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Indian Soap Plant


​BOTANICAL NAME:  Sapindus drummondii  

​PRONUNCIATION:  sap-IN-dus druh-MUN-dee-eye

​FAMILY:  Sapindaceae (Soapberry Family)

TYPE:  Deciduous tree

HEIGHT:  40 to 50 feet

SPREAD:  20 to 30 feet

FINAL SPACING:  15 to 20 feet

NATURAL HABITAT AND PREFERRED SITE:  All of the vegetative areas of Texas in a wide range of soils. It also adapts to various garden soils as long as they are well-drained. Soapberry is found along streams, at the edges of woods, also in fencerows. It is sometimes confused with the pecan tree because of the texture and look of the compound leaves. As opposed to pecan it is a short lived tree.

IDENTIFICATION INFORMATION:  Soapberry is an upright to spreading medium-sized tree with a rounded crown at maturity, white flowers in the spring, chinaberry-like fruit in the fall, light colored bark, and slightly weeping branches.

FLOWERS AND FRUIT:  Flowers form May to June in large showy panicles 5 to 10 inches long. Fruit forms in the fall, September to October is round, fleshy, white to yellowish and translucent. Male and female flowers occur on separate trees (dioecious). Each fruit contains one shiny black seed. Fruit stays on the tree usually all winter. Yellow orange fruit is fairly showy through winter and is rich in saponin used by American Indians as a cleansing agent. Handling the fruits has been known to cause dermatitis in some people.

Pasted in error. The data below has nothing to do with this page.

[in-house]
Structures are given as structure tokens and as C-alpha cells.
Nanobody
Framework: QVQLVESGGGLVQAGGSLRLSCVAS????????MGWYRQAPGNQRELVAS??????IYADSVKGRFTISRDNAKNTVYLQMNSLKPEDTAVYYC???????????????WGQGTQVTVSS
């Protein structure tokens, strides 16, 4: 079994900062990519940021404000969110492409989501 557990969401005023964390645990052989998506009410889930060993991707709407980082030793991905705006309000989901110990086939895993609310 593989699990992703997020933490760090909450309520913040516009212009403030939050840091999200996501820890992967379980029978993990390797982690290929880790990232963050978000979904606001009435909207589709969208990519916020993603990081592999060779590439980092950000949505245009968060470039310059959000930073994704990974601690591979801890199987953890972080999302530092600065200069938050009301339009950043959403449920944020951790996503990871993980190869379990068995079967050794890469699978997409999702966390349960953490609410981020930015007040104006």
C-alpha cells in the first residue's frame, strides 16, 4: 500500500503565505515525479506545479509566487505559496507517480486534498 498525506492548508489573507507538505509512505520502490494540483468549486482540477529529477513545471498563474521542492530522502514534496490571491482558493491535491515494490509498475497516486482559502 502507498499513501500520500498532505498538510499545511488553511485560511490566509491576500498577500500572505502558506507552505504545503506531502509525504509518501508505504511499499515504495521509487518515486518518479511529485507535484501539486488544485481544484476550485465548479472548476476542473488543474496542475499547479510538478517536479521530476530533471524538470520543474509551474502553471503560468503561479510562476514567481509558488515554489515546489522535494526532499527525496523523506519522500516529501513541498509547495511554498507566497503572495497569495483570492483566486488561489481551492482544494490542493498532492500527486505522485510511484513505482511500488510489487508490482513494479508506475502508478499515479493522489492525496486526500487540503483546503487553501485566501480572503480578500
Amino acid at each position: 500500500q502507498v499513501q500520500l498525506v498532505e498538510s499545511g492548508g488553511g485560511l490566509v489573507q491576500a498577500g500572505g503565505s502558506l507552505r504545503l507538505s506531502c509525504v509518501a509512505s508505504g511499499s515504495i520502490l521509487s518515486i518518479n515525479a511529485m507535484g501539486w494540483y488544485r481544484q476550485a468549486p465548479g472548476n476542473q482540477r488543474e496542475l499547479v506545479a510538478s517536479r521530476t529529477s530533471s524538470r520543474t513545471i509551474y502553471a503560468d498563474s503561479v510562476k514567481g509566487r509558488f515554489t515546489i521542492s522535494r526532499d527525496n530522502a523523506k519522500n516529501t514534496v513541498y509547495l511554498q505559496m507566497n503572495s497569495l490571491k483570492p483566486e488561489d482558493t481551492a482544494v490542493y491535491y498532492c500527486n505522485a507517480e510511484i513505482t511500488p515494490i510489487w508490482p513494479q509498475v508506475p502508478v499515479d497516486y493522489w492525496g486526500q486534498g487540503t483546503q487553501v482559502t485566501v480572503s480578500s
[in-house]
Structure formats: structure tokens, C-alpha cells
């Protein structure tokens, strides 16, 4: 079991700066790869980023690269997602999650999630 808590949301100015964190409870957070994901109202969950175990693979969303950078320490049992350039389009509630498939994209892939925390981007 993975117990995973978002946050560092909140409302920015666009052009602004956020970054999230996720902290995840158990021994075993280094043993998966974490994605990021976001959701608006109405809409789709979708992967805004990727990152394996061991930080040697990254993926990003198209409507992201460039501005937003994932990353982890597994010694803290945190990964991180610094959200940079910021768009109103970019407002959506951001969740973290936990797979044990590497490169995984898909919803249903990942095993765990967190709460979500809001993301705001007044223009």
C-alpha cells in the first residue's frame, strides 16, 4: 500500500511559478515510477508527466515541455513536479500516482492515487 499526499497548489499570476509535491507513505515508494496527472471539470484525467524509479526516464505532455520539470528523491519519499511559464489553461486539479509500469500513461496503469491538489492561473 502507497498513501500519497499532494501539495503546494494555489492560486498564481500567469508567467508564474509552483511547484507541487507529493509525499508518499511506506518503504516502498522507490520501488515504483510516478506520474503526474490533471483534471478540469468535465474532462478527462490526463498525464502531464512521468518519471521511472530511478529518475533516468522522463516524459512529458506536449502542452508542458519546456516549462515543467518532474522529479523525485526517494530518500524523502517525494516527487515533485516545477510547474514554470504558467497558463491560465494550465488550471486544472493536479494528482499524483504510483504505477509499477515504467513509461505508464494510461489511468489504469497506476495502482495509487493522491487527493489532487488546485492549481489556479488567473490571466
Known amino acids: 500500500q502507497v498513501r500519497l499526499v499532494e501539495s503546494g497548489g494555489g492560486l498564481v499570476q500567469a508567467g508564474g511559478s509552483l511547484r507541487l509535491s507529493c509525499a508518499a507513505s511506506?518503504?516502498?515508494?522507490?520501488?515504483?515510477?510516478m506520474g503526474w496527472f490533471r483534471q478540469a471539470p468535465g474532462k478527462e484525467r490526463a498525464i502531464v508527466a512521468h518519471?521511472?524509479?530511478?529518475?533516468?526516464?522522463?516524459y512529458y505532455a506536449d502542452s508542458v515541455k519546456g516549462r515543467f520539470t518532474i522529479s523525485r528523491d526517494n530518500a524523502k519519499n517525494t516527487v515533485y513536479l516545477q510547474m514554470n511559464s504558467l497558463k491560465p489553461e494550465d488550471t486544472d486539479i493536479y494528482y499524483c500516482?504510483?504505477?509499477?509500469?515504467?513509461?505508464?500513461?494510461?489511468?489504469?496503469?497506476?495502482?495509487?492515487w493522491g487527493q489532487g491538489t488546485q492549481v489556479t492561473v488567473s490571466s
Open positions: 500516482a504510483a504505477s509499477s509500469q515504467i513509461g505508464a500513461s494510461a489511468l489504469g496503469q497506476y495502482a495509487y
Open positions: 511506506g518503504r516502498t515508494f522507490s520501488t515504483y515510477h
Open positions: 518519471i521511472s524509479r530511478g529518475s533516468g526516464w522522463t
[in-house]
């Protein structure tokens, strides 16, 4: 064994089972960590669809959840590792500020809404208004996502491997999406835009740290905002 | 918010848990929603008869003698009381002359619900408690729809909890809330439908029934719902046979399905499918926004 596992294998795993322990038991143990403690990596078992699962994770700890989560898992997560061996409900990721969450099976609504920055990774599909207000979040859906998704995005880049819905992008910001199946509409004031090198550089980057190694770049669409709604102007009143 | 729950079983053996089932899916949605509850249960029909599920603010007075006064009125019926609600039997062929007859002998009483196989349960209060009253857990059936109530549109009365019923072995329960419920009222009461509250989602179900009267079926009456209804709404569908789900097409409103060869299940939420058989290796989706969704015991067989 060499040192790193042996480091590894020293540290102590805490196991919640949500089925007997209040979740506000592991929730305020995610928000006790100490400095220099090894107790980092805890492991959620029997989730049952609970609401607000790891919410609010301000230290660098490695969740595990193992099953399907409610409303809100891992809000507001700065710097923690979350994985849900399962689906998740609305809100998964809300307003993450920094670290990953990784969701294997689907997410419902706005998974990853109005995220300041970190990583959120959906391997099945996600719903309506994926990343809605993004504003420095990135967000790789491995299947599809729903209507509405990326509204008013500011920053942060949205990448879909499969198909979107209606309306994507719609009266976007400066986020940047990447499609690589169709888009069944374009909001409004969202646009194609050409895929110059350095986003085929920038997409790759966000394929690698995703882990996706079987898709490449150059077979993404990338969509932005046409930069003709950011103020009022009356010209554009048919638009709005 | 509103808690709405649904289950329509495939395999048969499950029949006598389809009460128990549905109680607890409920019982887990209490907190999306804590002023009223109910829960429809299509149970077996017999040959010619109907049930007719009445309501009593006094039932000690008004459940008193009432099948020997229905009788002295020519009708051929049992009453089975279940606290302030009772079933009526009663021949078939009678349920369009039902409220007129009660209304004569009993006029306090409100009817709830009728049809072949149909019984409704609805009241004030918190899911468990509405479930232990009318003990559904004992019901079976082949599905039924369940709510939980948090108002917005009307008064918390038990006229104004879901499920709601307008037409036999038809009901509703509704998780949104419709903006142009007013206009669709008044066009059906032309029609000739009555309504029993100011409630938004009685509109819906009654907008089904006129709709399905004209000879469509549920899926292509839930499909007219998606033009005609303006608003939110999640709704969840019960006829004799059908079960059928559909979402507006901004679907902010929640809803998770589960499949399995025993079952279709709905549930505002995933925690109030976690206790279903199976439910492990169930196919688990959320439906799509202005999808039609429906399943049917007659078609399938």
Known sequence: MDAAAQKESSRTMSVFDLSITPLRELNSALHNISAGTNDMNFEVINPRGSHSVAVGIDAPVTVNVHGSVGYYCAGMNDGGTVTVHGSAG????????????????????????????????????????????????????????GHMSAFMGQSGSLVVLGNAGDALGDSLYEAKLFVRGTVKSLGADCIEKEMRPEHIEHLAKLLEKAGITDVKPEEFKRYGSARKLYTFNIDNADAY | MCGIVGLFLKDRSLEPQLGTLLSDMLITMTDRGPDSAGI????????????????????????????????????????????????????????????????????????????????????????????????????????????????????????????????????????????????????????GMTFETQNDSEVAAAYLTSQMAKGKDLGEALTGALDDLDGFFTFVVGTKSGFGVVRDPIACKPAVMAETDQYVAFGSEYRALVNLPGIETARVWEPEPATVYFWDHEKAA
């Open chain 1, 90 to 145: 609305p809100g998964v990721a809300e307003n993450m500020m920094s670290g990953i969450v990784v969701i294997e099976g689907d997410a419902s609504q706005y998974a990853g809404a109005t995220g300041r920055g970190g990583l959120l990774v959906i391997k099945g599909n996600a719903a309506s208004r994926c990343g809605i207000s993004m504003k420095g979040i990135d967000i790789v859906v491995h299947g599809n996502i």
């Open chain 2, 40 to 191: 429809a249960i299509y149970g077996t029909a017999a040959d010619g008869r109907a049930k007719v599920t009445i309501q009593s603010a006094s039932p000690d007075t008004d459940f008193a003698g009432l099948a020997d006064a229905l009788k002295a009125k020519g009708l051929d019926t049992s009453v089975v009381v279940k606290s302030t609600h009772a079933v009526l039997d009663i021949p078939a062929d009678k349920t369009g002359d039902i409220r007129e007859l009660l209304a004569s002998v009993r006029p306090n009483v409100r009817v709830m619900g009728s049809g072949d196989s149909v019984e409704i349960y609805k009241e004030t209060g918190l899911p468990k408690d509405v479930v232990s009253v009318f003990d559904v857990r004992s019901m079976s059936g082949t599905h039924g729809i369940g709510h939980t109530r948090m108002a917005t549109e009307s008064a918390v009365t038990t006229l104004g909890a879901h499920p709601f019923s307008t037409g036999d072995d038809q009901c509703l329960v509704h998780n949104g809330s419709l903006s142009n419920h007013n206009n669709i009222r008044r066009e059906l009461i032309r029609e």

BARK:  Light tan but gets darker with age peeling off in thin flakes. Mature color of the bark is a salmon-brown to orange- brown color.

FOLIAGE:  Leaves are compound, alternate, deciduous, yellow in the fall up to 18 inches in length with 4 to 19 leaflets. Leaflets are 1-1/2 to 4 inches long, sometimes a spectacular yellow gold in the fall. Foliage is very similar to Chinese pistachio.

CULTURE:  Easy to grow in any well-drained soil. Needs little fertilizer and is drought tolerant. Soapberry spreads vegetatively by rhizomes forming large groves that are sometimes only one sex.

PROBLEMS:  Short lived and has brittle wood. Pest problems are minimal. Has never seemed to transplant well into landscape projects.

PROPAGATION:  Easy to grow from seed. collected from the trees in late fall or early winter. Clean by soaking in hot water and rubbing on a screen or dry with the pulp on and story in sealed containers in a cool place for up to a year. Soapberry has a hard seed coat so scarify in acid, vinegar or acetic acid for 3 hours and then stratify at 35 to 45 degrees for 30 to 60 days prior to planting. There is not much information on propagating soapberry from cuttings and I have never tried it so you are on your own.

INSIGHT:  Berries are still used in Mexico as soap. Flower nectar is believed to be poisonous and the fruit is not preferred by wildlife. Indians have used the fruit much like rotenone to stun fish. Some books say the pulp is mildly poisonous. It is definitely very bitter making it highly unlikely that anyone would eat enough to cause more than a stomachache.

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